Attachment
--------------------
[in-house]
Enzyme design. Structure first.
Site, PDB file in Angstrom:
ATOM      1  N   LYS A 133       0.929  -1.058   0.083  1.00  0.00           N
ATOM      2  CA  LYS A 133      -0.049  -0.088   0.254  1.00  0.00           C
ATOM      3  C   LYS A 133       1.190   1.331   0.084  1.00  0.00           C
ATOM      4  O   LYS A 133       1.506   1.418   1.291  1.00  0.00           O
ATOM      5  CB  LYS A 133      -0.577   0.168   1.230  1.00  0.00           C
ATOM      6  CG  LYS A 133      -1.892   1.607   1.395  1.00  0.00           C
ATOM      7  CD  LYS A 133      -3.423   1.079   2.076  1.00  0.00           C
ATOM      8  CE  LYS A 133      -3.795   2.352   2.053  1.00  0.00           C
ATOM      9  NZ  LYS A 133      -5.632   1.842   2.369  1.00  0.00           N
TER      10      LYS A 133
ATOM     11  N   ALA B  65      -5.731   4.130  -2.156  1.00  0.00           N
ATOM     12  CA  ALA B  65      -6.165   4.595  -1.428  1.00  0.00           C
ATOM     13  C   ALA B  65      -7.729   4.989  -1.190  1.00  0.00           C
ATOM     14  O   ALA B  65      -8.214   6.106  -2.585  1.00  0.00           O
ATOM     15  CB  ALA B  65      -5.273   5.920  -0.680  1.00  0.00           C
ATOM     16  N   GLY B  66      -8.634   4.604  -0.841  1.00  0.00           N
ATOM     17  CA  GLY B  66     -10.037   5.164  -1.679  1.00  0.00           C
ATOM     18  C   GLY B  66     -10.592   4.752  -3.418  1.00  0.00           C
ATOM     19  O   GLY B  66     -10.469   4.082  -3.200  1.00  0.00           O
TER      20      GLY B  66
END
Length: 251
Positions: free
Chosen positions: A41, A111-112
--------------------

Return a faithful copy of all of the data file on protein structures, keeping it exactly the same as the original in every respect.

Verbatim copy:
[in-house]
Enzyme design. Structure first.
Site, PDB file in Angstrom:
ATOM      1  N   LYS A 133       0.929  -1.058   0.083  1.00  0.00           N
ATOM      2  CA  LYS A 133      -0.049  -0.088   0.254  1.00  0.00           C
ATOM      3  C   LYS A 133       1.190   1.331   0.084  1.00  0.00           C
ATOM      4  O   LYS A 133       1.506   1.418   1.291  1.00  0.00           O
ATOM      5  CB  LYS A 133      -0.577   0.168   1.230  1.00  0.00           C
ATOM      6  CG  LYS A 133      -1.892   1.607   1.395  1.00  0.00           C
ATOM      7  CD  LYS A 133      -3.423   1.079   2.076  1.00  0.00           C
ATOM      8  CE  LYS A 133      -3.795   2.352   2.053  1.00  0.00           C
ATOM      9  NZ  LYS A 133      -5.632   1.842   2.369  1.00  0.00           N
TER      10      LYS A 133
ATOM     11  N   ALA B  65      -5.731   4.130  -2.156  1.00  0.00           N
ATOM     12  CA  ALA B  65      -6.165   4.595  -1.428  1.00  0.00           C
ATOM     13  C   ALA B  65      -7.729   4.989  -1.190  1.00  0.00           C
ATOM     14  O   ALA B  65      -8.214   6.106  -2.585  1.00  0.00           O
ATOM     15  CB  ALA B  65      -5.273   5.920  -0.680  1.00  0.00           C
ATOM     16  N   GLY B  66      -8.634   4.604  -0.841  1.00  0.00           N
ATOM     17  CA  GLY B  66     -10.037   5.164  -1.679  1.00  0.00           C
ATOM     18  C   GLY B  66     -10.592   4.752  -3.418  1.00  0.00           C
ATOM     19  O   GLY B  66     -10.469   4.082  -3.200  1.00  0.00           O
TER      20      GLY B  66
END
Length: 251
Positions: free
Chosen positions: A41, A111-112